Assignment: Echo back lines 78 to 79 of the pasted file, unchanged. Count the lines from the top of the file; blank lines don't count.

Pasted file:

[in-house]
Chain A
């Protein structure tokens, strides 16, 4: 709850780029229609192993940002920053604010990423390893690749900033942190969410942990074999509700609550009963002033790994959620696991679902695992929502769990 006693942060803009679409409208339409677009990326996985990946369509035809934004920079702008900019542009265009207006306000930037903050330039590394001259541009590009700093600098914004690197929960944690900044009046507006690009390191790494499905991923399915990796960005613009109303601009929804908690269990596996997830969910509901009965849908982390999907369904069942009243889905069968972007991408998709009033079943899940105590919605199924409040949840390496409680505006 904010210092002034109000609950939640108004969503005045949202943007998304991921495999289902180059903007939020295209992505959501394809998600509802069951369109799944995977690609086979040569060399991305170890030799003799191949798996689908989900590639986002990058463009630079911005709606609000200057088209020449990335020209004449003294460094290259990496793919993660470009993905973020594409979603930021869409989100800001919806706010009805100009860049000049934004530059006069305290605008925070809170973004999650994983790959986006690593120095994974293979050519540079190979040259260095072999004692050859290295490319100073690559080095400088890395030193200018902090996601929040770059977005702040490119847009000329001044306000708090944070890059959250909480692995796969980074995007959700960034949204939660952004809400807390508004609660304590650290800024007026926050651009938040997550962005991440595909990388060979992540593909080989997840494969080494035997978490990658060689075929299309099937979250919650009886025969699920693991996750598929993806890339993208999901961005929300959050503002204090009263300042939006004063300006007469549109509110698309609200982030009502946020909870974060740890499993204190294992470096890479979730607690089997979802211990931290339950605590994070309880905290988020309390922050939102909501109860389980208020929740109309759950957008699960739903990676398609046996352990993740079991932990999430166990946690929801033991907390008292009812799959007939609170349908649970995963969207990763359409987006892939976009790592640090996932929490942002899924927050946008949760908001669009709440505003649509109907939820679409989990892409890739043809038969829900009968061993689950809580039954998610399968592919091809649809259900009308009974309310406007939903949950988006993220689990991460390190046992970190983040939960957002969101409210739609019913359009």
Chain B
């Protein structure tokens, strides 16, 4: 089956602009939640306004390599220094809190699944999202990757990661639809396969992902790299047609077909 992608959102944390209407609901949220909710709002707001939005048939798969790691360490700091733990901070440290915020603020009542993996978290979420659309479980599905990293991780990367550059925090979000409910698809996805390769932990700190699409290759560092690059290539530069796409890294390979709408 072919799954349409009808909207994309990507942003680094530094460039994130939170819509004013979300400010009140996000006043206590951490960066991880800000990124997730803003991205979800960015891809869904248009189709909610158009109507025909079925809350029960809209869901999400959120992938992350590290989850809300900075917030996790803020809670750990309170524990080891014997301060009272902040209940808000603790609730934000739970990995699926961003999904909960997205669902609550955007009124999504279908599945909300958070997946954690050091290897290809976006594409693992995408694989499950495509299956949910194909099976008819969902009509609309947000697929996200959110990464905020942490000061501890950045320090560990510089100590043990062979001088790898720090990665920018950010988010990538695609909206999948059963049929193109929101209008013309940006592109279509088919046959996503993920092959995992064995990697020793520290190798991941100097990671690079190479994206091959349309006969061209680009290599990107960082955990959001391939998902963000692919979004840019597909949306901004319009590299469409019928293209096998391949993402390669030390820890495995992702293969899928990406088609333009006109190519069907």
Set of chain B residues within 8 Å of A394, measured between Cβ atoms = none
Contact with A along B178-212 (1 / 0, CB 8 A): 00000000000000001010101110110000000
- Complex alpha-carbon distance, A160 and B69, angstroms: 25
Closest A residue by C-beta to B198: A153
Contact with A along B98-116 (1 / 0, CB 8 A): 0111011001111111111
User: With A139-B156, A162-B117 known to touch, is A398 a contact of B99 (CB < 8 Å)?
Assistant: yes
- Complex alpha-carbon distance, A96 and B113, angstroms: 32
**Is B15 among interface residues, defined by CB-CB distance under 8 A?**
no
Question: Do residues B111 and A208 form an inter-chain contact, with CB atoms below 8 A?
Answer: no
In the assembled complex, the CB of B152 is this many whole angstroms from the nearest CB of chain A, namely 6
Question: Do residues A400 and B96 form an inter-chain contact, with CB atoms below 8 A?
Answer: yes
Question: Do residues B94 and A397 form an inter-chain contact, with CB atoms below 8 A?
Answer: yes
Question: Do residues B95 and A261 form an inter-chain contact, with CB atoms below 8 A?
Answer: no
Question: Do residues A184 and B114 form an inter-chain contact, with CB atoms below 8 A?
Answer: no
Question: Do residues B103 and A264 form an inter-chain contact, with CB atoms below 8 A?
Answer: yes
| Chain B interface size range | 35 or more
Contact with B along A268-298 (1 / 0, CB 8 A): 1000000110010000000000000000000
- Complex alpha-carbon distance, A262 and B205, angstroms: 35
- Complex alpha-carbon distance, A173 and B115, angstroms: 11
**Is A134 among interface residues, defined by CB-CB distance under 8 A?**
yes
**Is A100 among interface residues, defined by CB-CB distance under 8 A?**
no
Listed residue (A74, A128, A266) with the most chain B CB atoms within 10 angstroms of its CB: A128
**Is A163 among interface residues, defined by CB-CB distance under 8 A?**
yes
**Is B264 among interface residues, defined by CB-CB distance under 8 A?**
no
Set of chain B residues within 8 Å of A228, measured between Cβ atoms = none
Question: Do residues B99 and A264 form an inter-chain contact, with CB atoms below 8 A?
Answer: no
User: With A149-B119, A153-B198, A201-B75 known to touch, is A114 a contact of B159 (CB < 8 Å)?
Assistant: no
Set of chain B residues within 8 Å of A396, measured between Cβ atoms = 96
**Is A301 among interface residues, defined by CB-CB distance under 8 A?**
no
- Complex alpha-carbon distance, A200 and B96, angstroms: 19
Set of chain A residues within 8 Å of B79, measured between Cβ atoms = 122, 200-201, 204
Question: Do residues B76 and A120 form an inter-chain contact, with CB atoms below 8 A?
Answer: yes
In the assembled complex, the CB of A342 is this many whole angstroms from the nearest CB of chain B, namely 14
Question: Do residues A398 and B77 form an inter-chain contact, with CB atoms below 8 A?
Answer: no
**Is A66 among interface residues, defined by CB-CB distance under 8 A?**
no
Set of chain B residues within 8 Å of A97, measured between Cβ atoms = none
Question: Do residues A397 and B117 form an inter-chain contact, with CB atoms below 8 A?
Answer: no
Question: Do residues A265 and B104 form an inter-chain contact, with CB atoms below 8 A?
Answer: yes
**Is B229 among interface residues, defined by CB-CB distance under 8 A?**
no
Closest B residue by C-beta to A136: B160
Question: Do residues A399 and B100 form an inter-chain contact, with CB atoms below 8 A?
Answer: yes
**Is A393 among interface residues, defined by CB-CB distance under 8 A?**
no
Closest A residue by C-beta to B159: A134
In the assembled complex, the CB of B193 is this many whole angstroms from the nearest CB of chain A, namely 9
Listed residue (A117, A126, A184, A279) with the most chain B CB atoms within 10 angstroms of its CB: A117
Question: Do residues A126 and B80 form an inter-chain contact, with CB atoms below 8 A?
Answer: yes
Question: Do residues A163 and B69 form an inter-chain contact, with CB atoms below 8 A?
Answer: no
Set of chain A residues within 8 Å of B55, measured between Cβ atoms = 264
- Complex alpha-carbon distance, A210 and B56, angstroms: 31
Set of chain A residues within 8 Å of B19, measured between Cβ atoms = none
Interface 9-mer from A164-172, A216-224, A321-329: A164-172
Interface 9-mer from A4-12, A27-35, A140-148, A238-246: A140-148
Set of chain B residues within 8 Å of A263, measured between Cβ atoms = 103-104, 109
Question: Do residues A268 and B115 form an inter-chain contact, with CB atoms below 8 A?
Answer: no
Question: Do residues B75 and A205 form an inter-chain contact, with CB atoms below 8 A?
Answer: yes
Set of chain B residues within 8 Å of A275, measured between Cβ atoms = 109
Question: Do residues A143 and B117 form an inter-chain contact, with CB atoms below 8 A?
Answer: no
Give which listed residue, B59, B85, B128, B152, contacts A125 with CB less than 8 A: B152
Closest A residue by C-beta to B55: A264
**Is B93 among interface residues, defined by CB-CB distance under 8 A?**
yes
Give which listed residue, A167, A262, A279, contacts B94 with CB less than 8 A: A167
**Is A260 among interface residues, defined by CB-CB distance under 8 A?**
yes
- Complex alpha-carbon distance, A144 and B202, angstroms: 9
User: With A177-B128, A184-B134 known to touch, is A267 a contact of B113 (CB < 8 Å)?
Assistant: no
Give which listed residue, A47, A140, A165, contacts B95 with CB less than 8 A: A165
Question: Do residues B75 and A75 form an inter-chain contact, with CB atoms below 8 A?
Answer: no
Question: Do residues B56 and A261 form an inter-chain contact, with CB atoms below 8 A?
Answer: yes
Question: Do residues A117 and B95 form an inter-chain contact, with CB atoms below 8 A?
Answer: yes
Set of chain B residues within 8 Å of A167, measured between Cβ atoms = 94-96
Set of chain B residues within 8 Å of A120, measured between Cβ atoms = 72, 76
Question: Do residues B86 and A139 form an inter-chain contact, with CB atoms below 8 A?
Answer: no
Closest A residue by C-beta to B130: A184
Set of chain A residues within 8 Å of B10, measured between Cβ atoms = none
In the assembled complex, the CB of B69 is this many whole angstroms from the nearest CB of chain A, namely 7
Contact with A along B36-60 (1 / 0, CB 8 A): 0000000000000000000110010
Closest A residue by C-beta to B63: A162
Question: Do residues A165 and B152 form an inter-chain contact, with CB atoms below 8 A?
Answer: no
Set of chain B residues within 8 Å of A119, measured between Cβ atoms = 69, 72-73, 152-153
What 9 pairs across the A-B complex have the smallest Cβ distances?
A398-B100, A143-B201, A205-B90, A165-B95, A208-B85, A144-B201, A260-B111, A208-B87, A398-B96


Set of chain A residues within 8 Å of B55, measured between Cβ atoms = 264
- Complex alpha-carbon distance, A210 and B56, angstroms: 31